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  • Starfish or Sea Star?

    By Mark Carnall, on 10 June 2011

    Last week a visitor asked whether starfish should be called starfish or sea stars. At the Grant Museum our asteroideans are labeled as starfish. Apparently, the confusing name is causing children and adults to identify starfish as fish rather than as echinoderms. Every now and then we get similar enquiries from visitors and students that arise when scientific pedantry meets commonly used names. For another example see our colleague from the Horniman Museum, Paolo Viscardi, clarify for once and for all that Apes are Monkeys, so deal with it.

    A label from the Grant Museum that says that flying lemures are not lemurs and cannot fly

    So starfish or sea stars? Starfish are called sea stars or stars of the sea in many European languages including Dutch, French, German, Spanish and Swedish. Starfish are a group of animals that make up the phylum echinodermata and their extant relatives are all named after what they look like; sea cucumbers, sea lilies and sea urchins (urchin from the Middle English meaning hedgehog). Pedants would point out that these names are technically incorrect too but I guess the problem with starfish is that you’re likely to find starfish in the same habitat as fish fish, whereas it would indeed be a lost cucumber or street child found alongside sea cucumbers or sea urchins. By the same token jellyfish, silverfish and crayfish aren’t fish either. Other names are misleading, flying lemurs don’t fly and aren’t lemurs, sea spiders aren’t spiders and horseshoe crabs aren’t crabs. Perhaps we should rename all of those too. I’ve no idea how the continent produces any competent zoologists at all because many animal names are very descriptive in other languages with fewer discrete names for animals. In Dutch for example, a coypu is called a beaver-rat, hippopotamuses are called Nile-horse and bats are called flying mice. English common names also create problems when there’s more than one of the thing you are wanting to describe. Should it be Portugese men-of-war or Portugese man-of-wars? Octopuses, octopi or octopodes? Platypuses, platypus or platypi?

    Some scientists might call for getting rid of common names altogether. Bug is often used to describe a whole host of creatures that aren’t true bugs, insects in the order hemiptera, even by the Natural History Museum it seems. The name minibeasts is also a polyphyletic group. However, scientific names often aren’t sacrosanct, with tens of millions of biological names scientists themselves occasionally slip in rude sounding words, names with humurous double meanings and even references to ex-girlfriends (the excellent Curiosities of Biological Nomenclature lists them all, my particular favourite is the species name for the blue whale which could mean muscular or little mouse).

    A label for a brain coral from the grant museum of zoology ucl that reads this is not a brain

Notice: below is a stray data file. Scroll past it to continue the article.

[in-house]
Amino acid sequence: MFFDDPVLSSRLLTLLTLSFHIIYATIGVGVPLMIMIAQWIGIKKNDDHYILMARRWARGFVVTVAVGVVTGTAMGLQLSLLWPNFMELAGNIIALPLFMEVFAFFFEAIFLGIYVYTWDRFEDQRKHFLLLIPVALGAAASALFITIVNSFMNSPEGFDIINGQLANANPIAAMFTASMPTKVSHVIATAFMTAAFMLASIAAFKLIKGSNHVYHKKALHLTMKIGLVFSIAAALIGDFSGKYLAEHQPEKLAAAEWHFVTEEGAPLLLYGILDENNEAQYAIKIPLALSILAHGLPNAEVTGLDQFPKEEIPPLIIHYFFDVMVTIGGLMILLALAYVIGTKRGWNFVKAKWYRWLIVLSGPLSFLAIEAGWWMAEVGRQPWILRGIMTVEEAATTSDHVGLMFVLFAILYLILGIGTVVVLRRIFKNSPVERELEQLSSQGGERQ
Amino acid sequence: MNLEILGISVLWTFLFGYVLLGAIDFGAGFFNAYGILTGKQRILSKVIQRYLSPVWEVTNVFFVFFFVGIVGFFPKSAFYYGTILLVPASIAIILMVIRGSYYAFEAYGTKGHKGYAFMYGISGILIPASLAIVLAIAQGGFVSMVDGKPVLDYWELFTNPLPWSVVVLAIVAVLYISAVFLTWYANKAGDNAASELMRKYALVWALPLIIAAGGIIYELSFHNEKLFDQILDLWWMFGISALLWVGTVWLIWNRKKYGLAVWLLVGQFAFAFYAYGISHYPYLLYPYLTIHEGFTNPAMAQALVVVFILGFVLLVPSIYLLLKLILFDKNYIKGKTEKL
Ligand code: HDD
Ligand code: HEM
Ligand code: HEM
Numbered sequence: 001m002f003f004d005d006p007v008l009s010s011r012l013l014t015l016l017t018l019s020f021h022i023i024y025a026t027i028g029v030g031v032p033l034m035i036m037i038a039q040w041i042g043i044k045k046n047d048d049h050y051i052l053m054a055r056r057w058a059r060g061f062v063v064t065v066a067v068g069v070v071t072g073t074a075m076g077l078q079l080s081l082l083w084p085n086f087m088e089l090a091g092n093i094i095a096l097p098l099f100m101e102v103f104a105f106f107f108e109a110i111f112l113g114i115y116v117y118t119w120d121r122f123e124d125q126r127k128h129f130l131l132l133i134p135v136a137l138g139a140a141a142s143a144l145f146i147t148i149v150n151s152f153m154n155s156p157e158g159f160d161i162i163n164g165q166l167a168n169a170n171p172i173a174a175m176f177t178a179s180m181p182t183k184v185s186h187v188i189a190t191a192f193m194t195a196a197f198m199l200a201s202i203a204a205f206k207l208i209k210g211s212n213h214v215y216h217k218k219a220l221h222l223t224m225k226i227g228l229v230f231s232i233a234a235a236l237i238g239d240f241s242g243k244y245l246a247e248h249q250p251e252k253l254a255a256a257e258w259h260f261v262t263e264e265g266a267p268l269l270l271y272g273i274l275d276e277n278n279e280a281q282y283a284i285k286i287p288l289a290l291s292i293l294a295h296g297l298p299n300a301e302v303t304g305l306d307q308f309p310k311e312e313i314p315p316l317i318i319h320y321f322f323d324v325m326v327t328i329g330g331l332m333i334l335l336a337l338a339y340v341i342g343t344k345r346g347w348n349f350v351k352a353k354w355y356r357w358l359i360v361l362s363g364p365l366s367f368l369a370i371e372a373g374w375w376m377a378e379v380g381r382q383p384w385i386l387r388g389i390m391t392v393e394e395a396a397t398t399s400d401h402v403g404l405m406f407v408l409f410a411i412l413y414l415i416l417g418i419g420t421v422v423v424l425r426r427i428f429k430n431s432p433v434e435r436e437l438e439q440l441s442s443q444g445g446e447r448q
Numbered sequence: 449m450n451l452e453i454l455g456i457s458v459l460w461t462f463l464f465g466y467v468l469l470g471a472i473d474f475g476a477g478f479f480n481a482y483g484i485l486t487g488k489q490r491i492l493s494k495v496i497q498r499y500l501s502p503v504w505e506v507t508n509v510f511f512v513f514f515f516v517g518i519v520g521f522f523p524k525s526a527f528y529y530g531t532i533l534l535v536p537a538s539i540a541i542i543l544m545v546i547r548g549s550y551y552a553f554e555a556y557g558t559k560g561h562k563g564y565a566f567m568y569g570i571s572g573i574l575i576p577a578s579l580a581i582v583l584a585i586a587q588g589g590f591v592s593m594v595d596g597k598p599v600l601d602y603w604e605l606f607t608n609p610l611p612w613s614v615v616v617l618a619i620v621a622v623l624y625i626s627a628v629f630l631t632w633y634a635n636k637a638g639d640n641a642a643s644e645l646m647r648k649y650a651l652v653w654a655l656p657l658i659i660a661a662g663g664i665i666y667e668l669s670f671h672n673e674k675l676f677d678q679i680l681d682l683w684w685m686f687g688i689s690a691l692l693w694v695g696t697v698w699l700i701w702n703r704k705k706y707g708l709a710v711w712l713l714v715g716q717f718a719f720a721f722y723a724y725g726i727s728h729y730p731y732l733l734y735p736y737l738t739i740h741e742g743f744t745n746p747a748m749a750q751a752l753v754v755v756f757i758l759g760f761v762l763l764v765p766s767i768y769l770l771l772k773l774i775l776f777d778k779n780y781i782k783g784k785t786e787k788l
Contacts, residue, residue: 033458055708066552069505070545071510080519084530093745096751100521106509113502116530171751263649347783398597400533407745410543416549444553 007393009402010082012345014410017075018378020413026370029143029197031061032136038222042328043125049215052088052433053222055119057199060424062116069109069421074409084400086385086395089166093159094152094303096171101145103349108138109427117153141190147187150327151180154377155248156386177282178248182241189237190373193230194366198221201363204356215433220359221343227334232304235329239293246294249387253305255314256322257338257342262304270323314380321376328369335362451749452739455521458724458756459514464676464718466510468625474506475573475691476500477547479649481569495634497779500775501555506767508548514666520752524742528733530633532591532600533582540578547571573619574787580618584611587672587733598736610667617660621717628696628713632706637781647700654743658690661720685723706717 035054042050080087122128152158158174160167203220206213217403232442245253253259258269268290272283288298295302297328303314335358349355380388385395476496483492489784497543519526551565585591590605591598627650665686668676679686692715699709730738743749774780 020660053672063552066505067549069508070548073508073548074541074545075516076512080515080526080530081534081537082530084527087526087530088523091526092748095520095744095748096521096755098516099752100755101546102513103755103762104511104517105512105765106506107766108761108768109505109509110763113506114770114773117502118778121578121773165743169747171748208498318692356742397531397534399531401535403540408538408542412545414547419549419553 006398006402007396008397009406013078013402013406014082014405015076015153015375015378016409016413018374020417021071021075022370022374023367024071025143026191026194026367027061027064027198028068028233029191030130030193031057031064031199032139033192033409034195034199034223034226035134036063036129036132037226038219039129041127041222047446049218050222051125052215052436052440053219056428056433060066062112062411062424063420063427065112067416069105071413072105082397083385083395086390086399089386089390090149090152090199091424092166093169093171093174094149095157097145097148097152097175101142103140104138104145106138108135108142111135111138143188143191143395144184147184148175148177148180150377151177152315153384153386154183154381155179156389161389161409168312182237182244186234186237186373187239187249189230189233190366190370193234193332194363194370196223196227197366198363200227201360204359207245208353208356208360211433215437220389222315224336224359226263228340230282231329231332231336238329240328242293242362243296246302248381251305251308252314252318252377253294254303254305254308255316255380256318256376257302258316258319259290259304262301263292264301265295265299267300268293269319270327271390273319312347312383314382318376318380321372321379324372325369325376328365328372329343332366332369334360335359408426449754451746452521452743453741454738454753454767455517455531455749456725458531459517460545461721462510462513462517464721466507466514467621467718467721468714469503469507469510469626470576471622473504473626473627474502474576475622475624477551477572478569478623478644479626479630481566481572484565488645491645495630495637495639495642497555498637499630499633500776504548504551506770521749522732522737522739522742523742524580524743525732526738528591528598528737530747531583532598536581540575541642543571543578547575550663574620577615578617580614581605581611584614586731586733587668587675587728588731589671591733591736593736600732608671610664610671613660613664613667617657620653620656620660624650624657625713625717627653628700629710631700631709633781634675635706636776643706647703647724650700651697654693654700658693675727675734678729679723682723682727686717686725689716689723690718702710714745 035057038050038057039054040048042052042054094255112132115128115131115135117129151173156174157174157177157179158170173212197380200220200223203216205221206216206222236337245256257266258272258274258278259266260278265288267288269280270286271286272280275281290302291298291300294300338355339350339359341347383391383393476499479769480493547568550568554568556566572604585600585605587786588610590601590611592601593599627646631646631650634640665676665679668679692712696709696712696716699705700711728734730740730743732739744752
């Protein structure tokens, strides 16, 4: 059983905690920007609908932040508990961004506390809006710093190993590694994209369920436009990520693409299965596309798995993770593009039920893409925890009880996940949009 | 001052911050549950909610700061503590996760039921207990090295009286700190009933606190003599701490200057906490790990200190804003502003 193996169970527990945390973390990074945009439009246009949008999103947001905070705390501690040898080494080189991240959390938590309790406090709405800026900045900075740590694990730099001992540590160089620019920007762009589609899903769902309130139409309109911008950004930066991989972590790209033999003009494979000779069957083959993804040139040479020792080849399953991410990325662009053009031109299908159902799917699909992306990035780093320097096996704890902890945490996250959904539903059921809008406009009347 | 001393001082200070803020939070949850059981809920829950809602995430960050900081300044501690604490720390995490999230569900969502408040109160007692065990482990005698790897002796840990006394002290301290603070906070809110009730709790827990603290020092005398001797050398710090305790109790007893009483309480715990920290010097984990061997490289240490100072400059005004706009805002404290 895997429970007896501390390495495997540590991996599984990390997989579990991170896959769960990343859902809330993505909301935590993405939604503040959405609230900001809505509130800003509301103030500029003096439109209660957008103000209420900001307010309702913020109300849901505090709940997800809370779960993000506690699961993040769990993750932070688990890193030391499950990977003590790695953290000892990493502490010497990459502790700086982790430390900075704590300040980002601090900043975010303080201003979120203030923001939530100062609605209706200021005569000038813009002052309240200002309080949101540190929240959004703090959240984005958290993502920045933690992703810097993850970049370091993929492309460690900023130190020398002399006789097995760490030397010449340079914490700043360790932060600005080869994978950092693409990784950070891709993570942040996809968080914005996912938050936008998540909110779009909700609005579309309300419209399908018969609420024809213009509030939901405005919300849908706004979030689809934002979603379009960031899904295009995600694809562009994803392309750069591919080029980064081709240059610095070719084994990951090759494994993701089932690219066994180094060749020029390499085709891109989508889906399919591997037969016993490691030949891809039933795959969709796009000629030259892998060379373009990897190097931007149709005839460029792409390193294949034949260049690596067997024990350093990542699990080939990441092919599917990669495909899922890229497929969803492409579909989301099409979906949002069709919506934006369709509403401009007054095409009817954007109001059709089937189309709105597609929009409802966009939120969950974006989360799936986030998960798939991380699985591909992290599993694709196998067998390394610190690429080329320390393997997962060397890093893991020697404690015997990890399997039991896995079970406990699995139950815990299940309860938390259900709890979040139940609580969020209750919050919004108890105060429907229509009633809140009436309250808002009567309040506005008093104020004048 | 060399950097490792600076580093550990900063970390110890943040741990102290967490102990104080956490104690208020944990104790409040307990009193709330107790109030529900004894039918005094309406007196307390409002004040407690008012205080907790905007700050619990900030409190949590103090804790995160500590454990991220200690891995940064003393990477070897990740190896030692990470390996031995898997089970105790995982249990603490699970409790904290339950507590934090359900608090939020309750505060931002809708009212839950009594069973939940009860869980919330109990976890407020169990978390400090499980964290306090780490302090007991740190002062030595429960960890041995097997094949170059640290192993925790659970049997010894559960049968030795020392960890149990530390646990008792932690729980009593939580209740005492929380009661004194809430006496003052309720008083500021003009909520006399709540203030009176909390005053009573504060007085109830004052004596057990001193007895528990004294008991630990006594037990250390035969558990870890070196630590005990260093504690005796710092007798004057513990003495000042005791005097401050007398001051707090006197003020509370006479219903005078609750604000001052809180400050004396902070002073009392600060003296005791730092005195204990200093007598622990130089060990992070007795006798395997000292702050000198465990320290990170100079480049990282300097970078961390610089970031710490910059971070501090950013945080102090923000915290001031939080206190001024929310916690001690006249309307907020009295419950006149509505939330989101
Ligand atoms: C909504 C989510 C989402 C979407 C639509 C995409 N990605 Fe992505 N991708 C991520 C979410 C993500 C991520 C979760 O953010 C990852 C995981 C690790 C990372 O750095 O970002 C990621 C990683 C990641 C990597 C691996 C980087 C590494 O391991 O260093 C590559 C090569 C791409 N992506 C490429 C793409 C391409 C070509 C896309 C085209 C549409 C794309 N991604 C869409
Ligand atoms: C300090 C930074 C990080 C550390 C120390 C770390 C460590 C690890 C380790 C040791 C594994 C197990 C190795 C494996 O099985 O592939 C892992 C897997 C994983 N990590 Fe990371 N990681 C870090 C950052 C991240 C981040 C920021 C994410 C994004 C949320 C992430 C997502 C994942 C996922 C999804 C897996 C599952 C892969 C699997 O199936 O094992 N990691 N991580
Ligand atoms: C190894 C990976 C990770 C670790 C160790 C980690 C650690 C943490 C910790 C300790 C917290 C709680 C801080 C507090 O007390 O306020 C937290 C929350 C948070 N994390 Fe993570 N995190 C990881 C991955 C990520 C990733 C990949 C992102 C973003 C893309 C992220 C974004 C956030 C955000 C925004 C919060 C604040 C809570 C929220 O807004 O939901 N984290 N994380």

As for sea stars vs starfish I think that ultimately, it doesn’t matter and in my mind pedantically correcting people on the technical names and nature for things is the worst kind of science communication. It is eltitist and a form of “nah-nah-nah-nah-nah-I-know-something-that-you-don’t-know” that alienates people who are less well informed. This is the kind of gobbledygook and jargon that the plain english campaign is trying to eradicate. Does this mean that future generations will be brought up ignorant? Of course not but if I have ten minutes talking to a museum visitor about an object I’d prefer to use it talking about more interesting things than whether it is or isn’t called this or that when we both know the thing we’re talking about anyway.

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    18 Responses to “Starfish or Sea Star?”

    • 1
      Debi Linton wrote on 10 June 2011:

      Mark, I agree SO MUCH. People where I work are insisting we use ‘sea stars’ and ‘sea jellies’ because either of them are fish. But it’s apparently OK to use ‘sea horses’ for a particular brand of pipefish, even thought they’re not horses.

      It doesn’t matter at all. I just want to talk about the animals.

    • 2
      Mark Carnall wrote on 10 June 2011:

      Debi, there’s quite a few funny blog posts on the exact same thing. My favourite one points out that not only are starfish nothing like stars but that everything that is ‘star-shaped’ doesn’t actually resemble what a star looks like.

      Perhaps astronomers should rename stars.

    • 3
      Seb PW wrote on 14 June 2011:

      Well that’s clear-up a few misunderstandings

      I sympathise with the difficulty you have, especially when you have groups of inquisitive kids. I’m sure explaining the concepts of convergent evolution, nomenclature and phylogenetics, recent changes due to molecular sequencing and bar-coding can be tricky!

      Good luck with that.

    • 4
      John Nudds wrote on 16 June 2011: